But this bill is not about correcting injustice. It is about limiting the exposure of the largest companies who commit the most egregious violations of law. Because the bill only affects claims worth more than $5 million, the smallest, least meritorious cases -- the best candidates for coupon settlements -- are unaffected. In other words, this bill does not come close to doing what it purports to be enacted to do.

In that respect, the bill is a metaphor for the Republicans who seek and support it. The GOP is all for state rights, and minimizing federal interference in state rights, unless the states seek to control their own judicial systems so that they protect ordinary workers and consumers from the abuses of large corporations who finance the campaigns of Republican candidates for office.

Friends of working Americans will continue to fight against this restriction on the aggregation of workers' claims against unscrupulous employers. The best hope for wage and hour practitioners and their thousands of clients is the proposed civil rights/labor amendment to carve out state law civil rights and wage-and-hour cases from the bill. Without this amendment, the removal process in the bill would delay and, in some instances, cause the dismissal of meritorious class action cases. Here in California, one of the best ways to be heard is to contact Senator Dianne Feinstein, one of the bill's supporters among Senate Democrats. Supporting Consumer's Union is another. If you are not in California, you can reach your own Senator by calling the Capitol Switchboard at (202) 224-3121.

The language of Section 4 of the bill is as follows:



      (1) by redesignating subsection (d) as subsection (e); and

      (2) by inserting after subsection (c) the following:

    `(d)(1) In this subsection--

      `(A) the term `class' means all of the class members in a class action;

      `(B) the term `class action' means any civil action filed under rule 23 of the Federal Rules of Civil Procedure or similar State statute or rule of judicial procedure authorizing an action to be brought by 1 or more representative persons as a class action;

      `(C) the term `class certification order' means an order issued by a court approving the treatment of some or all aspects of a civil action as a class action; and

      `(D) the term `class members' means the persons (named or unnamed) who fall within the definition of the proposed or certified class in a class action.

    `(2) The district courts shall have original jurisdiction of any civil action in which the matter in controversy exceeds the sum or value of $5,000,000, exclusive of interest and costs, and is a class action in which--

      `(A) any member of a class of plaintiffs is a citizen of a State different from any defendant;

      `(B) any member of a class of plaintiffs is a foreign state or a citizen or subject of a foreign state and any defendant is a citizen of a State; or

      `(C) any member of a class of plaintiffs is a citizen of a State and any defendant is a foreign state or a citizen or subject of a foreign state.

    `(3) A district court may, in the interests of justice and looking at the totality of the circumstances, decline to exercise jurisdiction under paragraph (2) over a class action in which greater than one-third but less than two-thirds of the members of all proposed plaintiff classes in the aggregate and the primary defendants are citizens of the State in which the action was originally filed based on consideration of--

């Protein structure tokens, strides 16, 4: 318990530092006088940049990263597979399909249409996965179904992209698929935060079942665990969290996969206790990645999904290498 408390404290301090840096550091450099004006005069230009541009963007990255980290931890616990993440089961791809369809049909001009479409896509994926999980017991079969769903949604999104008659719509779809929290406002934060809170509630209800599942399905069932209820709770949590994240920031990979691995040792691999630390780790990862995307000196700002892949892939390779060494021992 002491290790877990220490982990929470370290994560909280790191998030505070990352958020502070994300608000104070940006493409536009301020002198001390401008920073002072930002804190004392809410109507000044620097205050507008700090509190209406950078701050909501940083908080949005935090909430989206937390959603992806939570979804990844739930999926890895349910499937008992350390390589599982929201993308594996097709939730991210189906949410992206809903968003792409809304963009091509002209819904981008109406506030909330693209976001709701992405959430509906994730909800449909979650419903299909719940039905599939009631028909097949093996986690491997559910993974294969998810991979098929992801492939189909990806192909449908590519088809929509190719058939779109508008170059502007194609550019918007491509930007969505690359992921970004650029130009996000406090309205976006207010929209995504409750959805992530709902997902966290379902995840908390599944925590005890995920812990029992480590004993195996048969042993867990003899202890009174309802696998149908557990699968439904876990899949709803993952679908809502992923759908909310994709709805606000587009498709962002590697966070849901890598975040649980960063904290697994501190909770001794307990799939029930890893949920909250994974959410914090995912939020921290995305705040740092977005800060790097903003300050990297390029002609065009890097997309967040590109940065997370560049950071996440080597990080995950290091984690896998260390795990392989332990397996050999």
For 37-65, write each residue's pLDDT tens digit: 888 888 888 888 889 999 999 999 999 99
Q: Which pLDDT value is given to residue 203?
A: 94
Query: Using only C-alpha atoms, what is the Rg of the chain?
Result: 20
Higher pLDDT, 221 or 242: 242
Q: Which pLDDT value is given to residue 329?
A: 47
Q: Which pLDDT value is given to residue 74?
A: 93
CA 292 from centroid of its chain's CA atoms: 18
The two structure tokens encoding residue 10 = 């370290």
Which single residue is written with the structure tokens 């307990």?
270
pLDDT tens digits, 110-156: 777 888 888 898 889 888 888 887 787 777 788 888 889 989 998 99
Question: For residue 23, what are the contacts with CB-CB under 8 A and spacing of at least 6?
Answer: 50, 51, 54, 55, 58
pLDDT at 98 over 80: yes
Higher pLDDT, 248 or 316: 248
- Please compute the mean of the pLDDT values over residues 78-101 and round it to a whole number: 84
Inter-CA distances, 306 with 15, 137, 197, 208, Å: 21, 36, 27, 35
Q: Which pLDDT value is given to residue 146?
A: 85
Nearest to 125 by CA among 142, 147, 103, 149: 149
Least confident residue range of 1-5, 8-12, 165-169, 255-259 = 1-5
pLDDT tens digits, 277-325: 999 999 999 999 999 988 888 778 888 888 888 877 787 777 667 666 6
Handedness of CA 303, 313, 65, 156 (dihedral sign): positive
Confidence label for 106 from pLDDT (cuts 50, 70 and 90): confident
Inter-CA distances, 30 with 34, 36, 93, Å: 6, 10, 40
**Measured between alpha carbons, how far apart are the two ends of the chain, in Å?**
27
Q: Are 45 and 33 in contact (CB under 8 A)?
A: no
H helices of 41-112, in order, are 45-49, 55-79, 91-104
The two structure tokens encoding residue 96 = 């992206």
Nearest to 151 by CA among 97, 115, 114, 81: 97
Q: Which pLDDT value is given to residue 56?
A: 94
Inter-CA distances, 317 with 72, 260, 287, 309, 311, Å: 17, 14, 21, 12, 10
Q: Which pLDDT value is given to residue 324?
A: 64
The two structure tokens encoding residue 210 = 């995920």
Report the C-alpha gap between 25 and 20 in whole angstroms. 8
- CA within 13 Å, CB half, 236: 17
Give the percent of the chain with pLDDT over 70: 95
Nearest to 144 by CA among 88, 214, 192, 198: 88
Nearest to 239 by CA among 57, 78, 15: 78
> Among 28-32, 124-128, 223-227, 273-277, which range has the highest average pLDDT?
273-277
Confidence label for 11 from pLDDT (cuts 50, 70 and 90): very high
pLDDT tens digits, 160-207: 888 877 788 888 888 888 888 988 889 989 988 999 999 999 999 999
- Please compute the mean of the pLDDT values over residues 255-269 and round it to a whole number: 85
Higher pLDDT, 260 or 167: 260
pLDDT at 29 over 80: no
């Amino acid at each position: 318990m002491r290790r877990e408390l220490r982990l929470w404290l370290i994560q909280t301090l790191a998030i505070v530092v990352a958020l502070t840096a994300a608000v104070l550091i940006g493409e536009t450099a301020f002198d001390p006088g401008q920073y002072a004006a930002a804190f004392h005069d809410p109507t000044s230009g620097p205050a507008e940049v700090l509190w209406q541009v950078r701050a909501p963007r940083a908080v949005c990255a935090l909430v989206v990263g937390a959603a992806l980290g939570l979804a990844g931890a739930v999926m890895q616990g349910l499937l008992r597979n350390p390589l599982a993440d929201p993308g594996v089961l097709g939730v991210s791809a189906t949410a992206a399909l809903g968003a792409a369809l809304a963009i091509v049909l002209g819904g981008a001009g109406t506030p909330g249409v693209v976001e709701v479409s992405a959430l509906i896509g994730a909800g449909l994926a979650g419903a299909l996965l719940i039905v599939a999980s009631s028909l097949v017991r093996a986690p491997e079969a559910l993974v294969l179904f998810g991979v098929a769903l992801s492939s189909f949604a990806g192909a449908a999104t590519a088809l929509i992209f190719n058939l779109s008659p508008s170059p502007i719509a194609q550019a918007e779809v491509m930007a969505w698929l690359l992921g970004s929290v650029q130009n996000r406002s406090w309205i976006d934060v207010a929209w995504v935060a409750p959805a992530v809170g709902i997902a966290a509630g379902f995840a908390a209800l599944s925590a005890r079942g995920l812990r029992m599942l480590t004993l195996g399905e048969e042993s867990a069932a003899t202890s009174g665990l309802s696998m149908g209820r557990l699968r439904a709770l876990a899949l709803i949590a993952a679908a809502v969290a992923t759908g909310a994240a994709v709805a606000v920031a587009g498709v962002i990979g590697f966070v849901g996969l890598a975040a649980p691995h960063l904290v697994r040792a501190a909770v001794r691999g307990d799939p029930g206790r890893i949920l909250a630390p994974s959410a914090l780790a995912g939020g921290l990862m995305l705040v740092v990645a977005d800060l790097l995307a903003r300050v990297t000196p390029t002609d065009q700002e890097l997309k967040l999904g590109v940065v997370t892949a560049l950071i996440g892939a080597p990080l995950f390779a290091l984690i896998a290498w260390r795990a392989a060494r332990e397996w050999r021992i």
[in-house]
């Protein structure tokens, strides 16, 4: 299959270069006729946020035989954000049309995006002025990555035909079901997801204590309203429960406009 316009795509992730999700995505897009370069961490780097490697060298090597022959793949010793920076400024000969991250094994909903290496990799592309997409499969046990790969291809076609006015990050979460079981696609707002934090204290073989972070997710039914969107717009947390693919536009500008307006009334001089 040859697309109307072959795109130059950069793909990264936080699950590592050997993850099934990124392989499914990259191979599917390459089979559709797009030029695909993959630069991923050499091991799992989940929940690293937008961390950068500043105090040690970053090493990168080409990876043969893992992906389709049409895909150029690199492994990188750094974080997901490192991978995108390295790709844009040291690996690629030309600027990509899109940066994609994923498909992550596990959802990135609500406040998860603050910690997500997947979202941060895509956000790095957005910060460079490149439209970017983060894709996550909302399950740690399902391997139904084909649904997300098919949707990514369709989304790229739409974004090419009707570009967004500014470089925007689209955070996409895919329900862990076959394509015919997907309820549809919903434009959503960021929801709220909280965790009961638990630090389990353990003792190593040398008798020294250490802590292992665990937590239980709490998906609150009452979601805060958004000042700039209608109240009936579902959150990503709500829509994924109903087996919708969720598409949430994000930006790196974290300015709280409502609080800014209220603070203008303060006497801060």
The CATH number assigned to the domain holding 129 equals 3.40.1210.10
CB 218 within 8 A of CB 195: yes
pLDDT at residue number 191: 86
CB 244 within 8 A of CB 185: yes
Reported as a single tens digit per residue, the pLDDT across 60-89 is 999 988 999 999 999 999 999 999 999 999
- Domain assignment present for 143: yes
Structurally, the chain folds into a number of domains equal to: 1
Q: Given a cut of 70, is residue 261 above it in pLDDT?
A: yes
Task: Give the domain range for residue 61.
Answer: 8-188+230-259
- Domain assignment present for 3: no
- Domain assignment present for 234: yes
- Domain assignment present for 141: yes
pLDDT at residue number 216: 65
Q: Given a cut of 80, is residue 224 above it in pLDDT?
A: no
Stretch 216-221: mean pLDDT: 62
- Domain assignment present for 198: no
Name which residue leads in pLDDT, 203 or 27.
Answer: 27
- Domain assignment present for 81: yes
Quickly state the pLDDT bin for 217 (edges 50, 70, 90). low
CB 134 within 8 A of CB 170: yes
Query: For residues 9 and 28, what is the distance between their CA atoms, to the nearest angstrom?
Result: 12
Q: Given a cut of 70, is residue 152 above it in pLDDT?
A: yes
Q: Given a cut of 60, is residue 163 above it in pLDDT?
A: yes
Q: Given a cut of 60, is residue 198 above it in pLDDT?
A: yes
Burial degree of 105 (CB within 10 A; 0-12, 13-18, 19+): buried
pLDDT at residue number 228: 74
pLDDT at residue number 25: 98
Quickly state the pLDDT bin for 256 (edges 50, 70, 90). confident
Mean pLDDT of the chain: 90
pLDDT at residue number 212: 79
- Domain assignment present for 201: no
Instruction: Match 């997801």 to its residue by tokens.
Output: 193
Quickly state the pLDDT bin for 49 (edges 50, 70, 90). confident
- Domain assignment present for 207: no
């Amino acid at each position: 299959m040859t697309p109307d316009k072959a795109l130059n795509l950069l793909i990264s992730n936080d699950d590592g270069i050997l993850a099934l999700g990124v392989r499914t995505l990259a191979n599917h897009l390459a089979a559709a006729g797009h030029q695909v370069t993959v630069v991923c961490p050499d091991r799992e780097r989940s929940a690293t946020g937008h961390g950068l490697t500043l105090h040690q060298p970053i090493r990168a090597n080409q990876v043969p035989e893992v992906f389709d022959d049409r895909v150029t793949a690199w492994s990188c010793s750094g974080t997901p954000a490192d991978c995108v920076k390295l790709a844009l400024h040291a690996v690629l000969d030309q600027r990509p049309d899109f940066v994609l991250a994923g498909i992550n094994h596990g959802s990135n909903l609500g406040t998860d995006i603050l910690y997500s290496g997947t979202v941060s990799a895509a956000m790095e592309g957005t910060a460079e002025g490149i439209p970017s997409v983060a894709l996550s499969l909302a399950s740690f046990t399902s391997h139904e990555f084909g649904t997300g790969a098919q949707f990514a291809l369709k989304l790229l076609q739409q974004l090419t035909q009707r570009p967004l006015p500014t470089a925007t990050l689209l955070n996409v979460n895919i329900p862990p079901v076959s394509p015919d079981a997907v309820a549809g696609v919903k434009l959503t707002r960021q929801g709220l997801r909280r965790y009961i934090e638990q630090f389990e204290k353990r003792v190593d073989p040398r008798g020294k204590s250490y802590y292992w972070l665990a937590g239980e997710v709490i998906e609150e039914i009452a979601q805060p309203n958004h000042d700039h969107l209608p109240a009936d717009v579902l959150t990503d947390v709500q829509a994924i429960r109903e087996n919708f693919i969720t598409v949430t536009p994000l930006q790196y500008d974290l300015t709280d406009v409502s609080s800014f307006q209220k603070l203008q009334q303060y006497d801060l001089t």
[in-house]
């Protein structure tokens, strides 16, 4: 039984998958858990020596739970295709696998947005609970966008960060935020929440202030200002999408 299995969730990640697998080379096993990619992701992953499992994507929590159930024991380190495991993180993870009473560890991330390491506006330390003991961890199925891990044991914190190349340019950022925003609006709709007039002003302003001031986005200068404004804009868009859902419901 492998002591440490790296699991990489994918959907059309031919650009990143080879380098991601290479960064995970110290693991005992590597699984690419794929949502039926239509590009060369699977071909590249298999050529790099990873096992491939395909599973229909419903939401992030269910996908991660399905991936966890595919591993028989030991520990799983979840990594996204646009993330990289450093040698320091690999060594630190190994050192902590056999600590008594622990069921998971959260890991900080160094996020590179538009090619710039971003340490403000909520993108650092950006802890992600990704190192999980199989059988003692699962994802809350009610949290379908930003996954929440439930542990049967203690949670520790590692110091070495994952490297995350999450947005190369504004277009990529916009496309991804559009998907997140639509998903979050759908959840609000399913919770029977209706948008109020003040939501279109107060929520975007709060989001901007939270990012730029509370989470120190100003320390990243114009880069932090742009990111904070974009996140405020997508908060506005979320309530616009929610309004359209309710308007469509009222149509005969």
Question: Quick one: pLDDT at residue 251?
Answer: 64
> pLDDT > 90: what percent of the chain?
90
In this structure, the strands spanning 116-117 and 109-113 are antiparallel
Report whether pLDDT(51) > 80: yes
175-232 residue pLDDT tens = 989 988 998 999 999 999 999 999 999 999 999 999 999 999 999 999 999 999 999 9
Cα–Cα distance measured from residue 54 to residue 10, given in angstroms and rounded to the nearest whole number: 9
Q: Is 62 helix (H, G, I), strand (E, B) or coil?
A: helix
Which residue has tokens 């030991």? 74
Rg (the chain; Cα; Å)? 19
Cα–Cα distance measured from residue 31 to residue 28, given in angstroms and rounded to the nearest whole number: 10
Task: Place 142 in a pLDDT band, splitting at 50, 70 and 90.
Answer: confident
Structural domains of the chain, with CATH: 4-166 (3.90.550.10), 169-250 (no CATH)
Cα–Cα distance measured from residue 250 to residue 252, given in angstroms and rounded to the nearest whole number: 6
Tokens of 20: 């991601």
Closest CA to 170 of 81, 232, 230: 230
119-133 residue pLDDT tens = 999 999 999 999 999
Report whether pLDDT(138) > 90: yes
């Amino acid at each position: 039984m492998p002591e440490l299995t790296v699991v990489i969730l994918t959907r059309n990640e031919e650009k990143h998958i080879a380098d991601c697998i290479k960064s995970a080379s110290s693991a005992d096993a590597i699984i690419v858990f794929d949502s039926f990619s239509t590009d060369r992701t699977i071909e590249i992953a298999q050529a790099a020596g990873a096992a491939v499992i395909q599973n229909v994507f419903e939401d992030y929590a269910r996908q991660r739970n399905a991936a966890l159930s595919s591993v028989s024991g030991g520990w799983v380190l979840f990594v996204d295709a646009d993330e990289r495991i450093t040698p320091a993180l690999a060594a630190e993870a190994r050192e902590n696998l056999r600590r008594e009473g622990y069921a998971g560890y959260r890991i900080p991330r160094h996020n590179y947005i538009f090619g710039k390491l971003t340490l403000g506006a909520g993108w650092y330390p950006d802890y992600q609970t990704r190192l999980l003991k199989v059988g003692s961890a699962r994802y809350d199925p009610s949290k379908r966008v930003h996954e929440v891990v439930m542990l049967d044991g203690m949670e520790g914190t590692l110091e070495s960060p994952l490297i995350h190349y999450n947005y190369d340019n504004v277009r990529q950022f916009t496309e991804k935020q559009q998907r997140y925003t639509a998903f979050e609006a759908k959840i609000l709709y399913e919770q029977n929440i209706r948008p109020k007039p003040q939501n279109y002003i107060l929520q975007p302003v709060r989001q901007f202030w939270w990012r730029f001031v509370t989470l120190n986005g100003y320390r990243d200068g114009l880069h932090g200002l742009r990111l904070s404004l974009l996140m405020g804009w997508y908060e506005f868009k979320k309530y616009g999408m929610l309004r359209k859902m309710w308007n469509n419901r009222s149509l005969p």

`(A) whether the claims asserted involve matters of national or interstate interest;

        `(B) whether the claims asserted will be governed by laws of the State in which the action was originally filed or by the laws of other States;

        `(C) whether the class action has been pleaded in a manner that seeks to avoid Federal jurisdiction;

        `(D) whether the action was brought in a forum with a distinct nexus with the class members, the alleged harm, or the defendants;

        `(E) whether the number of citizens of the State in which the action was originally filed in all proposed plaintiff classes in the aggregate is substantially larger than the number of citizens from any other State, and the citizenship of the other members of the proposed class is dispersed among a substantial number of States; and

        `(F) whether, during the 3-year period preceding the filing of that class action, 1 or more other class actions asserting the same or similar claims on behalf of the same or other persons have been filed.

      `(4) A district court shall decline to exercise jurisdiction under paragraph (2)--

        `(A)(i) over a class action in which--

          `(I) greater than two-thirds of the members of all proposed plaintiff classes in the aggregate are citizens of the State in which the action was originally filed;

          `(II) at least 1 defendant is a defendant--

            `(aa) from whom significant relief is sought by members of the plaintiff class;

            `(bb) whose alleged conduct forms a significant basis for the claims asserted by the proposed plaintiff class; and

            `(cc) who is a citizen of the State in which the action was originally filed; and

          `(III) principal injuries resulting from the alleged conduct or any related conduct of each defendant were incurred in the State in which the action was originally filed; and

        `(ii) during the 3-year period preceding the filing of that class action, no other class action has been filed asserting the same or similar factual allegations against any of the defendants on behalf of the same or other persons; or

        `(B) two-thirds or more of the members of all proposed plaintiff classes in the aggregate, and the primary defendants, are citizens of the State in which the action was originally filed.

      `(5) Paragraphs (2) through (4) shall not apply to any class action in which--